Bilateral US-Iran talks still the best bet

Patrick Seale

Saturday, February 16, 2013 - Negotiations with Iran are once more on the international agenda. After an eight-month break, the five permanent members of the UN Security Council plus Germany — the so-called P5+1 — are due to hold a meeting with Iran on February 25 in Kazakhstan. What are the prospects of success? In a nutshell, that would seem to depend more on the climate in Washington than in Tehran. Iran is gesturing that it wants to negotiate, but Washington has not yet signalled any greater flexibility than in the past.

In a major speech in Tehran last Sunday, President Mahmoud Ahmadinejad addressed the US: “Take your guns out of the face of the Iranian nation and I myself will negotiate with you.” Meanwhile, the Iranian ambassador to Paris told French officials that, provided a work plan was agreed upon, Iran was ready to allow inspectors of the International Atomic Energy Agency (IAEA) to visit Parchin, a military facility where Iran is suspected of having done work on atomic weapons. Ahmadinejad himself has said repeatedly that Iran was ready to stop enriching uranium to 20 per cent if the international community agreed to supply it instead to the Tehran research reactor for the production of isotopes needed to treat cancer patients. The only recent encouraging word from the US was a hint by Vice-President Joe Biden at last week’s Munich security conference that the time may have come for bilateral US-Iran talks. Iran’s Foreign Minister, Ali Akbar Salehi, responded positively to Biden’s offer, although he added that Iran would look for evidence that Biden’s offer was “authentic” and not “devious”.

The road to a US-Iranian agreement is littered with obstacles — grave mutual distrust being one of them. There is little optimism among experts that a breakthrough is imminent. For one thing, Iran is almost certain to want to defer any major strategic decision until a new president is elected next June to replace the sharp-tongued Mahmoud Ahmadinejad. To strike a deal with Iran, the US will also need to assure its Arab allies in the Gulf that they will not fall under Iranian hegemony or lose American protection. Guarantees will no doubt have to be given.

Israel, America’s close ally, poses a more substantial obstacle. It is totally opposed to any deal which will allow Iran to enrich uranium, even at the low level of 3.5 per cent. Wanting no challenge to its own formidable nuclear arsenal, Israel’s long-standing aim has been to halt Iran’s nuclear programme altogether. To this end, it has assassinated several Iranian nuclear scientists and joined the US in waging cyber warfare against Iranian nuclear facilities. Israel’s belligerent Prime Minister, Benjamin Netanyahu, has for years been pressing Barack Obama to destroy Iran’s nuclear programme and — better still — bring down the Islamic regime altogether.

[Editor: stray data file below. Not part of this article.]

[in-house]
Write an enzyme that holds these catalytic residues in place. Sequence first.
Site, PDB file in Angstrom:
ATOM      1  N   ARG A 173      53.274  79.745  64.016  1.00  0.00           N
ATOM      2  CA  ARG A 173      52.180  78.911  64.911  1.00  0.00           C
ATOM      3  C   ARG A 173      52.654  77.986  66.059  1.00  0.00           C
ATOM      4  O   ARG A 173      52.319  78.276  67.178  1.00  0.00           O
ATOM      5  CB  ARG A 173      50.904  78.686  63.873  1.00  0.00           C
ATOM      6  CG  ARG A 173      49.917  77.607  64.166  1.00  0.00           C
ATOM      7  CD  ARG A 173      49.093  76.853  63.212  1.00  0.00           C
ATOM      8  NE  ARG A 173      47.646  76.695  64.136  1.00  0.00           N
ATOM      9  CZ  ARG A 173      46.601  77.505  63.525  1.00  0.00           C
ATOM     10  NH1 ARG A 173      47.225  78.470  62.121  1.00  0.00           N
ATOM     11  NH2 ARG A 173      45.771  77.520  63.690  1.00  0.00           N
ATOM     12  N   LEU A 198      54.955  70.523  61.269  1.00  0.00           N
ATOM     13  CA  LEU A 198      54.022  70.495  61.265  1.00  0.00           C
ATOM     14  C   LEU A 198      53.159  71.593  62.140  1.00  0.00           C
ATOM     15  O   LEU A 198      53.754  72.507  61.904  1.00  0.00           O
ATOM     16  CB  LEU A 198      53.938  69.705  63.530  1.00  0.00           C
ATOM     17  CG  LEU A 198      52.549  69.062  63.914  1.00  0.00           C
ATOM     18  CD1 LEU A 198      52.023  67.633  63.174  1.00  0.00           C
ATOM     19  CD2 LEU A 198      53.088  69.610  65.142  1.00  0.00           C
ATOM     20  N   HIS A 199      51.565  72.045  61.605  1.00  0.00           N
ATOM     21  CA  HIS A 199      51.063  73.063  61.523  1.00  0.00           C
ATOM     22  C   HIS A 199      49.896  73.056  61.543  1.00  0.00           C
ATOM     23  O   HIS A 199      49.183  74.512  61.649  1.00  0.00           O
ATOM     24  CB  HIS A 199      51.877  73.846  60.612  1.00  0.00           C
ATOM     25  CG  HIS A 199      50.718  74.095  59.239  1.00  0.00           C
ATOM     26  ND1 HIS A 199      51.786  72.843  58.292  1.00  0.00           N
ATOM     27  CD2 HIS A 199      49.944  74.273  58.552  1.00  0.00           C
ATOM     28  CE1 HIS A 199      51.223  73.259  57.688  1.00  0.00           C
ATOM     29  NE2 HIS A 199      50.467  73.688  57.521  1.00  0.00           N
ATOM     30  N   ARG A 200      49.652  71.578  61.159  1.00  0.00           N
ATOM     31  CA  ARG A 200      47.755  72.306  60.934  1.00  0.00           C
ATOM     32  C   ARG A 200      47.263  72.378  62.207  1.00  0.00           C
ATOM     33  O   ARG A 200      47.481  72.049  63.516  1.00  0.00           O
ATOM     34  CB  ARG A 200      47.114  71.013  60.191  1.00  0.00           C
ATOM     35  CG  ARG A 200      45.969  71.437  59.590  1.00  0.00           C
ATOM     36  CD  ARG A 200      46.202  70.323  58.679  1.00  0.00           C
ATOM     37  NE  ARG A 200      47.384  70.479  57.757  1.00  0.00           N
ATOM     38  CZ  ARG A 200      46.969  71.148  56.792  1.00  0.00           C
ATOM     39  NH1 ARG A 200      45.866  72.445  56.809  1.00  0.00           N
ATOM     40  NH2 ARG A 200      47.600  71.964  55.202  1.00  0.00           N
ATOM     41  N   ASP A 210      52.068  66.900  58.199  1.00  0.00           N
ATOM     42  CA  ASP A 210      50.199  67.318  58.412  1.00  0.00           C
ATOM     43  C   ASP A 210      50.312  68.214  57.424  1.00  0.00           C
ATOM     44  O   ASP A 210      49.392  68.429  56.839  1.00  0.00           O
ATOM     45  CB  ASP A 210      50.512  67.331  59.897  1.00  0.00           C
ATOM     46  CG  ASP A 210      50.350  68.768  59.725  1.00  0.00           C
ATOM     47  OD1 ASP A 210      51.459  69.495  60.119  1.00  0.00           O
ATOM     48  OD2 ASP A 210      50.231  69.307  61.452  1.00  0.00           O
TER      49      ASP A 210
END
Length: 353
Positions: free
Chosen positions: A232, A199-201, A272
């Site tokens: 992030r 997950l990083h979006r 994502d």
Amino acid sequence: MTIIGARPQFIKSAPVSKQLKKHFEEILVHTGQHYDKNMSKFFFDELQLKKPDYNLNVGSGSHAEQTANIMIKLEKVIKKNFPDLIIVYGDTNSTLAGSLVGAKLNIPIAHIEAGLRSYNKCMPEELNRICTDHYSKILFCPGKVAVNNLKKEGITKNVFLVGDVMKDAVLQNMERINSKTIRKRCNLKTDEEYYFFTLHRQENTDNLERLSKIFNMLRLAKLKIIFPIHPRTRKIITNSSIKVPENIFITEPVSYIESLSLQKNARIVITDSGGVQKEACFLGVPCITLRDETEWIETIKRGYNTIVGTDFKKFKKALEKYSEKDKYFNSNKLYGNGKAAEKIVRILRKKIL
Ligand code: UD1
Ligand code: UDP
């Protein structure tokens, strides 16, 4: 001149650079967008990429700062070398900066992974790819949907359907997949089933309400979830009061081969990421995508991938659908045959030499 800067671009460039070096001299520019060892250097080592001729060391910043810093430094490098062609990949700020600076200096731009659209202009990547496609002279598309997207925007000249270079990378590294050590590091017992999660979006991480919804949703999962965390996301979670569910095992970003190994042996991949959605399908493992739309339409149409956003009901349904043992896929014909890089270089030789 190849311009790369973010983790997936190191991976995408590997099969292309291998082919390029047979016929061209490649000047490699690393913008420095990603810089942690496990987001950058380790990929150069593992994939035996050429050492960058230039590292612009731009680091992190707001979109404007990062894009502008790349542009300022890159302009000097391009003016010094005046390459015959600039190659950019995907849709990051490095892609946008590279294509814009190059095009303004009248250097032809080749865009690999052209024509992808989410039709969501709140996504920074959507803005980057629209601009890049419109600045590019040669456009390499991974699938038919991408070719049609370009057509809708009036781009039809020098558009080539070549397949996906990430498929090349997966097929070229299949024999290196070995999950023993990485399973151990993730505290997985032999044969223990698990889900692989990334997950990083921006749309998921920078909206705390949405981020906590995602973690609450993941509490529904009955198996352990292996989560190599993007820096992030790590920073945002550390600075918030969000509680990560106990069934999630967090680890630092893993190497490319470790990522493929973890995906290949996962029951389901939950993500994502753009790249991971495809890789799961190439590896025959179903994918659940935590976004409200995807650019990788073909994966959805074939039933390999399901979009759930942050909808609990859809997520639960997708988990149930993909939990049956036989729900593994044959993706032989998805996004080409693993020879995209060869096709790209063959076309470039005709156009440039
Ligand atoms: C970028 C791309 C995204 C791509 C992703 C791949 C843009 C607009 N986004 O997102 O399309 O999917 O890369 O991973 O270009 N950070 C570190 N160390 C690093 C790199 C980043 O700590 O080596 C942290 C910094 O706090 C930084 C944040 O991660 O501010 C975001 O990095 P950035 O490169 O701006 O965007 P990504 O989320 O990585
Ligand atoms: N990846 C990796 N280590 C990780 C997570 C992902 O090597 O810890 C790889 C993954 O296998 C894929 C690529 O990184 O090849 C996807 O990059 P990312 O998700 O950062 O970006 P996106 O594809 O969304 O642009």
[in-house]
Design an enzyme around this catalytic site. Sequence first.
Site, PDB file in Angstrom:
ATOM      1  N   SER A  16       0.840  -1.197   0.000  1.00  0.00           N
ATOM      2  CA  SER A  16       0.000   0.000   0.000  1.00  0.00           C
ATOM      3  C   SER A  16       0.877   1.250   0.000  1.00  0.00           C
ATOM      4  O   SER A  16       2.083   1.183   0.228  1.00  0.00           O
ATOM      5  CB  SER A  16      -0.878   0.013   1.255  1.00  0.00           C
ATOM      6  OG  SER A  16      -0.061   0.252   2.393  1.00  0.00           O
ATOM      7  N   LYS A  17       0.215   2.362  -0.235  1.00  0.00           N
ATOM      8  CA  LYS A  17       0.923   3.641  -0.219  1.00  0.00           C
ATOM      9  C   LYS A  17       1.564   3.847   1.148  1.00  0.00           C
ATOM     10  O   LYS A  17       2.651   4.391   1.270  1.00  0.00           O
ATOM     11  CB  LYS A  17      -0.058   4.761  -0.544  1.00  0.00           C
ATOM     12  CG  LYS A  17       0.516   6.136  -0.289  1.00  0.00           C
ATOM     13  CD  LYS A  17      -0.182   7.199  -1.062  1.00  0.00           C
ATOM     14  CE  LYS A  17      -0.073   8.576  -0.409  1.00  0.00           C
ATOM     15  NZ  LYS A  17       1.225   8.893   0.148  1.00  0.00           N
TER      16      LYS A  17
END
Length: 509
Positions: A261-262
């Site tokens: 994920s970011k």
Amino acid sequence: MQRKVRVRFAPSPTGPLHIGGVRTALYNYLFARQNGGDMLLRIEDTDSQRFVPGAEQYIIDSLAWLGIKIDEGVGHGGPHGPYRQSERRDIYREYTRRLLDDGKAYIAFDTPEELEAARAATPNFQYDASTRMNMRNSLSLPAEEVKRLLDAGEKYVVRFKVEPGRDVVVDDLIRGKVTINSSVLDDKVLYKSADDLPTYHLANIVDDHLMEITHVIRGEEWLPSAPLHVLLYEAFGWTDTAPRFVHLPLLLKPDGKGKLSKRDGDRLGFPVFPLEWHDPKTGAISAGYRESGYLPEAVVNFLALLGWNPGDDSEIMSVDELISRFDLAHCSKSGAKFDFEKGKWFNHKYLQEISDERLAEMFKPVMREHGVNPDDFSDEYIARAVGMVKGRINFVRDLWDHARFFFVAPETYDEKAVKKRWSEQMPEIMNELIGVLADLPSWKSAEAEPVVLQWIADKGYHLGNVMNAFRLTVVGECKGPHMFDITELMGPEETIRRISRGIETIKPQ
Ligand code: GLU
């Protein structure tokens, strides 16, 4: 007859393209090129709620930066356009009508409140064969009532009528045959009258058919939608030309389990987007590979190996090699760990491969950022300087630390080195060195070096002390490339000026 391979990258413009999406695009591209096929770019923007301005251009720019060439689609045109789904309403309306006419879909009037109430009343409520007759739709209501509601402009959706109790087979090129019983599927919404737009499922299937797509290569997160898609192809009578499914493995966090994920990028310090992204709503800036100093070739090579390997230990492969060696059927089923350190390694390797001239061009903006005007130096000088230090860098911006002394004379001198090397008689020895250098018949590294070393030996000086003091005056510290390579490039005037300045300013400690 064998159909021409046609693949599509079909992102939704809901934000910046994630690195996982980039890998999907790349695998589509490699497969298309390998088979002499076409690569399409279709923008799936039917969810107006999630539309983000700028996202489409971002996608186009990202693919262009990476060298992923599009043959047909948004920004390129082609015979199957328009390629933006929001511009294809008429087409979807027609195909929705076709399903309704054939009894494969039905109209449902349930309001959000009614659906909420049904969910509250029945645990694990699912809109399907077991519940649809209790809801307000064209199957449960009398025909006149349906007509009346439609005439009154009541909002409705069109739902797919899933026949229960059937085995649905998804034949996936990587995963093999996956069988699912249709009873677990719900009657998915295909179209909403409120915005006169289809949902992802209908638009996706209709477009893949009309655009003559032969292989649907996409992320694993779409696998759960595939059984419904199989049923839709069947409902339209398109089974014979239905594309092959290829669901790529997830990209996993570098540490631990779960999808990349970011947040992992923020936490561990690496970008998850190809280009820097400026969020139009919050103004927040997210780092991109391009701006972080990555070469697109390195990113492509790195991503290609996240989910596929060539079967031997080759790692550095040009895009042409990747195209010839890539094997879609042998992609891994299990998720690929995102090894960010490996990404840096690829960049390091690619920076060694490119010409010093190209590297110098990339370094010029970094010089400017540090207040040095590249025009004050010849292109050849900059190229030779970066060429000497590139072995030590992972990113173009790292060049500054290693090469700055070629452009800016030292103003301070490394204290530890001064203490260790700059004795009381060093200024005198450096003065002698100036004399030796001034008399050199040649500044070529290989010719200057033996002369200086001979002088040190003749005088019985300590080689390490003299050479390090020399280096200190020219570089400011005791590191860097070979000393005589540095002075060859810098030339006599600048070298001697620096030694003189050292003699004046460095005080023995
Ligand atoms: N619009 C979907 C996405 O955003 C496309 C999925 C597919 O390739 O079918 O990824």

Faced with these obstacles, it is clear that any US deal with Iran will require careful preparation. Obama will need to mobilise strong domestic support if he is to confront America’s vast array of pro-Israeli forces. They include Congressmen eager to defend Israeli interests at all costs (as was vividly illustrated by the recent Chuck Hagel confirmation hearings), powerful lobbies such as AIPAC (American Israel Public Affairs Committee), media barons, high-profile Jewish financiers like Sheldon Adelson, a phalanx of neo-con strategists in right-wing think tanks, influential pro-Israelis within the administration, and many, many others. The cost in political capital of challenging them could be very substantial. Nevertheless, elected for a second term, he now has greater freedom and authority than before.

Obama is due to visit Israel on March 20-21, something he did not do in his first term. This visit will be the first foreign trip of his second term — in itself a sign of its importance. Although the White House is anxious to play down suggestions that he will announce a major initiative, either on the Israeli-Palestinian conflict or on Iran, there are issues he cannot avoid. He may, however, choose to raise them in private talks with Israeli leaders rather than in public. His message is expected to be twofold: Israel should not delay in granting statehood to the Palestinians, however painful that choice may be, and it should be careful not to make an eternal enemy of Iran. Both conflicts have the potential to isolate Israel internationally and threaten its long-term interests, if not its actual existence.

In his first term of office, Obama resisted Netanyahu’s pressure to wage war on Iran. This was no more than a semi-success, however, since he managed to blunt Netanyahu’s belligerence only by imposing on Iran a raft of sanctions of unprecedented severity. —Gulf News

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